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Azurite - Malachite intergrowth from the upper oxydation zone, Tsumeb

Photo : Peter Kolesar


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Malachite - Malachit - Malaquita - Malachite

Africa : Namibia : A "Green Hill" of Malachite at Tsumeb

Coordinates : 1914'S , 1742'E : Tsumeb Mine, Otavibergland, Northern Namibia

TSUMEB ... if you are a mineral collector, you know this place for sure. Going there would be the dream of a lifetime for you and indeed the Tsumeb orebody supplied some of the most spectacular mineral specimen of this world ! Not only some of the most rare and diversified minerals occur in Tsumeb, but also some of the true masterpieces of nature, often unrivalled by its beauty from any other source.

It was a great day for me back in 1986, when I was allowed to visit this particular mine and though I missed any major mineral discovery underground such as its famous azurite lined cpecimen chambers, the sheer feeling of "being there" was breathtaking. Last year I was again in Tsumeb, the old grand mine was closed since many years and the shafts are now flooded. However one of the once hardly acessible head gears was now unguarded and so I climbed its steep iron ladders right up to its well preserved winding gear, from where I had a beautiful look around and into the old glory hole, where mining of this exceedingly rich orebody took its beginnings back in 1894.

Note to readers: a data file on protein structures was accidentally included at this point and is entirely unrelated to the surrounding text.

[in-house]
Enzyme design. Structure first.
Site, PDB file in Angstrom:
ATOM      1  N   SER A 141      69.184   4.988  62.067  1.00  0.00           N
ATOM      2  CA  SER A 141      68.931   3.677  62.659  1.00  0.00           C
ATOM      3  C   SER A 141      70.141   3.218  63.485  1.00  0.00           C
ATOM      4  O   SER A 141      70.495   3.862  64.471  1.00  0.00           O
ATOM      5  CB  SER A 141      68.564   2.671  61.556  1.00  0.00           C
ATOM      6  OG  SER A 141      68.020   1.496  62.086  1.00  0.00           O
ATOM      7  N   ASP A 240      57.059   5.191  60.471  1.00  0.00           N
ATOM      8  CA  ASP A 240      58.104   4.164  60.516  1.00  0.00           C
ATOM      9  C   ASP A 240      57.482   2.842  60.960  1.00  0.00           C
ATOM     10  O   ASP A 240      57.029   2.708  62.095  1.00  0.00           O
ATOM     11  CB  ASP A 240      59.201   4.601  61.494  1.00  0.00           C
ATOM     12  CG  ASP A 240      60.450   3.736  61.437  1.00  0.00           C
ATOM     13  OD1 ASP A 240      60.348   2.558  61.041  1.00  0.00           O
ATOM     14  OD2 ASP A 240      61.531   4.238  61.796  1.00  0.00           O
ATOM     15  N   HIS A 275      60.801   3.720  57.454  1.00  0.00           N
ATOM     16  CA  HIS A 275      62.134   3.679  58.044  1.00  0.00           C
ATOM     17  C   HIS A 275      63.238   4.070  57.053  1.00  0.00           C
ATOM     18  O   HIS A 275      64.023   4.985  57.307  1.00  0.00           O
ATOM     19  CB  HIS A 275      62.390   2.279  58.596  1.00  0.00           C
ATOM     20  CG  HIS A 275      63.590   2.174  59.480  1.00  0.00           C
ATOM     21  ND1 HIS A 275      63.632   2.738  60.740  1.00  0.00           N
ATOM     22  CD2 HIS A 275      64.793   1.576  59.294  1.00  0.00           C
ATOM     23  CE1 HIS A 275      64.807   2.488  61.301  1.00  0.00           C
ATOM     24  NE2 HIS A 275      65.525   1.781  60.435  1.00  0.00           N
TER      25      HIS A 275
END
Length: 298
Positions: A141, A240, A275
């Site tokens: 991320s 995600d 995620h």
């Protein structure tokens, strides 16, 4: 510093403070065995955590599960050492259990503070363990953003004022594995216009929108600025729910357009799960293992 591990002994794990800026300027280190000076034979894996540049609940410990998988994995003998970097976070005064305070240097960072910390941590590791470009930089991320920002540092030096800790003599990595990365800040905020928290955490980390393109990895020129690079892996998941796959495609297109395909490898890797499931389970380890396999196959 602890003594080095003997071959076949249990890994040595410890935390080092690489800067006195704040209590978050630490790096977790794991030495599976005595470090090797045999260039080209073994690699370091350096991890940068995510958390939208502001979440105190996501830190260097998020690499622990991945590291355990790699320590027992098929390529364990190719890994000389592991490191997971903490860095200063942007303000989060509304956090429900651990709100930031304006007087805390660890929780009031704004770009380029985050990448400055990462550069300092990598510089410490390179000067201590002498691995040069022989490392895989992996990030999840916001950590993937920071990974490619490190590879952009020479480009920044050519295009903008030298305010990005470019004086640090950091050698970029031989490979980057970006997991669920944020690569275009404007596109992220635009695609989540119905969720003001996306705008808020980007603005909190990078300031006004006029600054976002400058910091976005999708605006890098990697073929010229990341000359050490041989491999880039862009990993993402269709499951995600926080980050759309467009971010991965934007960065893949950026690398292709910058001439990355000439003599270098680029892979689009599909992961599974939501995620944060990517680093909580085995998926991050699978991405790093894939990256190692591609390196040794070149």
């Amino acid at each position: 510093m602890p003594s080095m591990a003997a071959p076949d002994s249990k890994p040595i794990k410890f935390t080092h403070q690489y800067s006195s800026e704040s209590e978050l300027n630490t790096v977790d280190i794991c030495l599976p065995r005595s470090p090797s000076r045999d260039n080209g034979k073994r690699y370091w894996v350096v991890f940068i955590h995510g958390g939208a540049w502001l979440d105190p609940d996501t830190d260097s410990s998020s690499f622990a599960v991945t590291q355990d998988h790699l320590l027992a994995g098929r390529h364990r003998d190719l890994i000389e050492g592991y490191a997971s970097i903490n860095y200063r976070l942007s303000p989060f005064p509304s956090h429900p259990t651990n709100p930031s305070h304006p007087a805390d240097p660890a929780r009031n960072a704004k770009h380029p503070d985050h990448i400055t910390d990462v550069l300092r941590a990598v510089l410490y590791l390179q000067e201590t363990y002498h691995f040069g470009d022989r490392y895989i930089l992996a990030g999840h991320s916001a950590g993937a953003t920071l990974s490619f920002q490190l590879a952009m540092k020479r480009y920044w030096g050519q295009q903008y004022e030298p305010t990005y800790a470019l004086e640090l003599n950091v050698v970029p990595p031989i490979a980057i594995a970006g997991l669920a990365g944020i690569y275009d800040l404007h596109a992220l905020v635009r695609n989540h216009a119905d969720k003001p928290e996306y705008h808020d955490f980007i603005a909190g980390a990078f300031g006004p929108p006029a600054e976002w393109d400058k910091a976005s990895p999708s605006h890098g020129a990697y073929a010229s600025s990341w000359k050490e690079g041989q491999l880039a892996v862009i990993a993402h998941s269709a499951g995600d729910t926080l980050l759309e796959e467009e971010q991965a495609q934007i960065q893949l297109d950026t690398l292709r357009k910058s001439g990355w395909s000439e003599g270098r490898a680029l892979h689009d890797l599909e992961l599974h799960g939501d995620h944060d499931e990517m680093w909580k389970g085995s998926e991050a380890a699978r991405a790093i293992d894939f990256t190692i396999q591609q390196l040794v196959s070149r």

"I have been holding places of trust for the past 24 years, have visited various countries of the world, inspected mines, mineral outcrops, and prospecting for minerals; have been associated with the minerals gold, silver, tin, copper and lead; but in the whole of my experience, I have never seen such a sight as was presented before my view at Soomep (Tsumeb) and I very much doubt if I shall ever see such another in any other locality..." (Matthew Rogers, 1893).

These famous words, spoken by one of the most experienced mining engineers of its time, gives a vague impression, of how great the "Green Hill" of Tsumeb must have been. A sizeable steep rugged hill, 12 m high, 40 m wide and 180 m long, build out of solid malachite, azurite and a few minor other copper secondaries. What a spectacular sight ! Pity that only very few photos survived to our days and those, that do, are just monochrome.

This "Green Hill" was Otjisume in the language of the local Ovambos : "The place of the green algae", because the green colour of the malachite reminded the locals of the colour of fresh algae. In fact it was a place long known to the coloured people, which belonged to the Khoi-san (Bushman) People. These where the first miners of the green ore, which they traded to the more knowlegdeable Ovambos for early custom smelting.

Otjisume soon became Tsumeb under the first Whites and the Green Hill was mined in a short period and reduced to sacks and wagons of high grade ore. Mining continued into the depth, turning the once prominent hill into a deep open pit and finally into an underground mine, which eventually reached a depth of 1500 m !. Mining continued over 91 years until 1996, hoisting a total of 90 million tons of rich ore with a pure metal content of 4 million tons, half of which was copper.